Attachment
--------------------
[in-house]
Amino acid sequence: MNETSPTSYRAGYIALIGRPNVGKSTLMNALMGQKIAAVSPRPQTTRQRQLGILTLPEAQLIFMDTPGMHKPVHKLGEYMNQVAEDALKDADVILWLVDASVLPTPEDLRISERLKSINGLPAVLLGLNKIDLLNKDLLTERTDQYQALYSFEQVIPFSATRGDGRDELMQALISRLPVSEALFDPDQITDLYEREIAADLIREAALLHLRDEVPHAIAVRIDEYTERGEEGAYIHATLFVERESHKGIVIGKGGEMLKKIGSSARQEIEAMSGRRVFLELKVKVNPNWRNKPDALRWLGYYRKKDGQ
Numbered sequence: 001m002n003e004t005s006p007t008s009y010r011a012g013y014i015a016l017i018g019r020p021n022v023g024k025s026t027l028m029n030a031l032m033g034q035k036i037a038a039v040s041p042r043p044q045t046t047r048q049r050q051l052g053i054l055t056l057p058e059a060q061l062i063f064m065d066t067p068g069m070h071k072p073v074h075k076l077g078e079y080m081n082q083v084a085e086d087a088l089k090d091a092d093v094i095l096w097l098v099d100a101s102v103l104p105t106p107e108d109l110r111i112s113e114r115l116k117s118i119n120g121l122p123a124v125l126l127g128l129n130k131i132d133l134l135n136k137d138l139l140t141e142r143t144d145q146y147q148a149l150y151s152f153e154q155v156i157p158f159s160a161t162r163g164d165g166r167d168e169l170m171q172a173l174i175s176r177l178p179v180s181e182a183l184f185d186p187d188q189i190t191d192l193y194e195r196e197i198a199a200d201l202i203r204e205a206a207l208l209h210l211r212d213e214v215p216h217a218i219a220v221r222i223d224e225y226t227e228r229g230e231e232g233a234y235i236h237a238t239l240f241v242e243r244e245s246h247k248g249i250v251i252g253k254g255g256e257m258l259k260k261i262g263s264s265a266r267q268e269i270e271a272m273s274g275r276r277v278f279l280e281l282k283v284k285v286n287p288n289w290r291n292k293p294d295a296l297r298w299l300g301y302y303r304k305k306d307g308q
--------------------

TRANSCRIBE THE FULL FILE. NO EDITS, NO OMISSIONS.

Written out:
[in-house]
Amino acid sequence: MNETSPTSYRAGYIALIGRPNVGKSTLMNALMGQKIAAVSPRPQTTRQRQLGILTLPEAQLIFMDTPGMHKPVHKLGEYMNQVAEDALKDADVILWLVDASVLPTPEDLRISERLKSINGLPAVLLGLNKIDLLNKDLLTERTDQYQALYSFEQVIPFSATRGDGRDELMQALISRLPVSEALFDPDQITDLYEREIAADLIREAALLHLRDEVPHAIAVRIDEYTERGEEGAYIHATLFVERESHKGIVIGKGGEMLKKIGSSARQEIEAMSGRRVFLELKVKVNPNWRNKPDALRWLGYYRKKDGQ
Numbered sequence: 001m002n003e004t005s006p007t008s009y010r011a012g013y014i015a016l017i018g019r020p021n022v023g024k025s026t027l028m029n030a031l032m033g034q035k036i037a038a039v040s041p042r043p044q045t046t047r048q049r050q051l052g053i054l055t056l057p058e059a060q061l062i063f064m065d066t067p068g069m070h071k072p073v074h075k076l077g078e079y080m081n082q083v084a085e086d087a088l089k090d091a092d093v094i095l096w097l098v099d100a101s102v103l104p105t106p107e108d109l110r111i112s113e114r115l116k117s118i119n120g121l122p123a124v125l126l127g128l129n130k131i132d133l134l135n136k137d138l139l140t141e142r143t144d145q146y147q148a149l150y151s152f153e154q155v156i157p158f159s160a161t162r163g164d165g166r167d168e169l170m171q172a173l174i175s176r177l178p179v180s181e182a183l184f185d186p187d188q189i190t191d192l193y194e195r196e197i198a199a200d201l202i203r204e205a206a207l208l209h210l211r212d213e214v215p216h217a218i219a220v221r222i223d224e225y226t227e228r229g230e231e232g233a234y235i236h237a238t239l240f241v242e243r244e245s246h247k248g249i250v251i252g253k254g255g256e257m258l259k260k261i262g263s264s265a266r267q268e269i270e271a272m273s274g275r276r277v278f279l280e281l282k283v284k285v286n287p288n289w290r291n292k293p294d295a296l297r298w299l300g301y302y303r304k305k306d307g308q